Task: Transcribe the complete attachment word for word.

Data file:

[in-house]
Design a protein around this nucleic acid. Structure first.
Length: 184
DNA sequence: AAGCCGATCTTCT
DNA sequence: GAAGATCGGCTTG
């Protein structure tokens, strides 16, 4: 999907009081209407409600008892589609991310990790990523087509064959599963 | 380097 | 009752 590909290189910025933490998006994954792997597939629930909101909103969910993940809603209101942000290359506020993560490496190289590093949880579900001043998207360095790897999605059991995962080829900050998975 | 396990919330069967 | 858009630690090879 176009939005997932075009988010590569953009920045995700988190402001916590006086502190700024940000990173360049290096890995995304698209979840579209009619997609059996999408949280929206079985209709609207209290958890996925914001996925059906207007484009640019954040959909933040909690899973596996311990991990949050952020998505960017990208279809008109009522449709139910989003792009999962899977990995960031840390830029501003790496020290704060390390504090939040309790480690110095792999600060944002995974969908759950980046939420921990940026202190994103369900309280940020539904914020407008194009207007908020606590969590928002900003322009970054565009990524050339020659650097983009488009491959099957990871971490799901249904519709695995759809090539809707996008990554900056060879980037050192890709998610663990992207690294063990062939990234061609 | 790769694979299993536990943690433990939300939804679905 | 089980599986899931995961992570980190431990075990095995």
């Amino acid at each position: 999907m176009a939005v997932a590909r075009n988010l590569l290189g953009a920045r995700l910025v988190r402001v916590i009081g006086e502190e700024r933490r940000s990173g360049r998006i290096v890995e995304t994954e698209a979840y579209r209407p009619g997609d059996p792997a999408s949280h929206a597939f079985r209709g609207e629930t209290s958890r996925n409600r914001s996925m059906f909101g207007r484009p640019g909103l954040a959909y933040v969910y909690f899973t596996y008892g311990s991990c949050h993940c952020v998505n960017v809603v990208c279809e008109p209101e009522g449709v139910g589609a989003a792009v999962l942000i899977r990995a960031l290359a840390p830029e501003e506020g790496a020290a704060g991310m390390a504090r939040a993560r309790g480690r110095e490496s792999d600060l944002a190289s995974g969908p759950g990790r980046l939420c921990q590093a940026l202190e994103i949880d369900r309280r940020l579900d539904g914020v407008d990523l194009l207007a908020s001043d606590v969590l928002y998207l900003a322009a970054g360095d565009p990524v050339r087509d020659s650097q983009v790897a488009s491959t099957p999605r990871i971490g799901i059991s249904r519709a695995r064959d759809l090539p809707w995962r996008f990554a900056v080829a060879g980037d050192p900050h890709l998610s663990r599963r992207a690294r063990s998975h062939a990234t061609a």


[in-house]
Design a protein around this nucleic acid. Structure first.
Length: 184
DNA sequence: AAGCCGATCTTCT
DNA sequence: GAAGATCGGCTTG
């Protein structure tokens, strides 16, 4: 999907009081209407409600008892589609991310990790990523087509064959599963 | 380097 | 009752 590909290189910025933490998006994954792997597939629930909101909103969910993940809603209101942000290359506020993560490496190289590093949880579900001043998207360095790897999605059991995962080829900050998975 | 396990919330069967 | 858009630690090879 176009939005997932075009988010590569953009920045995700988190402001916590006086502190700024940000990173360049290096890995995304698209979840579209009619997609059996999408949280929206079985209709609207209290958890996925914001996925059906207007484009640019954040959909933040909690899973596996311990991990949050952020998505960017990208279809008109009522449709139910989003792009999962899977990995960031840390830029501003790496020290704060390390504090939040309790480690110095792999600060944002995974969908759950980046939420921990940026202190994103369900309280940020539904914020407008194009207007908020606590969590928002900003322009970054565009990524050339020659650097983009488009491959099957990871971490799901249904519709695995759809090539809707996008990554900056060879980037050192890709998610663990992207690294063990062939990234061609 | 790769694979299993536990943690433990939300939804679905 | 089980599986899931995961992570980190431990075990095995």
């Amino acid at each position: 999907m176009a939005v997932a590909r075009n988010l590569l290189g953009a920045r995700l910025v988190r402001v916590i009081g006086e502190e700024r933490r940000s990173g360049r998006i290096v890995e995304t994954e698209a979840y579209r209407p009619g997609d059996p792997a999408s949280h929206a597939f079985r209709g609207e629930t209290s958890r996925n409600r914001s996925m059906f909101g207007r484009p640019g909103l954040a959909y933040v969910y909690f899973t596996y008892g311990s991990c949050h993940c952020v998505n960017v809603v990208c279809e008109p209101e009522g449709v139910g589609a989003a792009v999962l942000i899977r990995a960031l290359a840390p830029e501003e506020g790496a020290a704060g991310m390390a504090r939040a993560r309790g480690r110095e490496s792999d600060l944002a190289s995974g969908p759950g990790r980046l939420c921990q590093a940026l202190e994103i949880d369900r309280r940020l579900d539904g914020v407008d990523l194009l207007a908020s001043d606590v969590l928002y998207l900003a322009a970054g360095d565009p990524v050339r087509d020659s650097q983009v790897a488009s491959t099957p999605r990871i971490g799901i059991s249904r519709a695995r064959d759809l090539p809707w995962r996008f990554a900056v080829a060879g980037d050192p900050h890709l998610s663990r599963r992207a690294r063990s998975h062939a990234t061609a």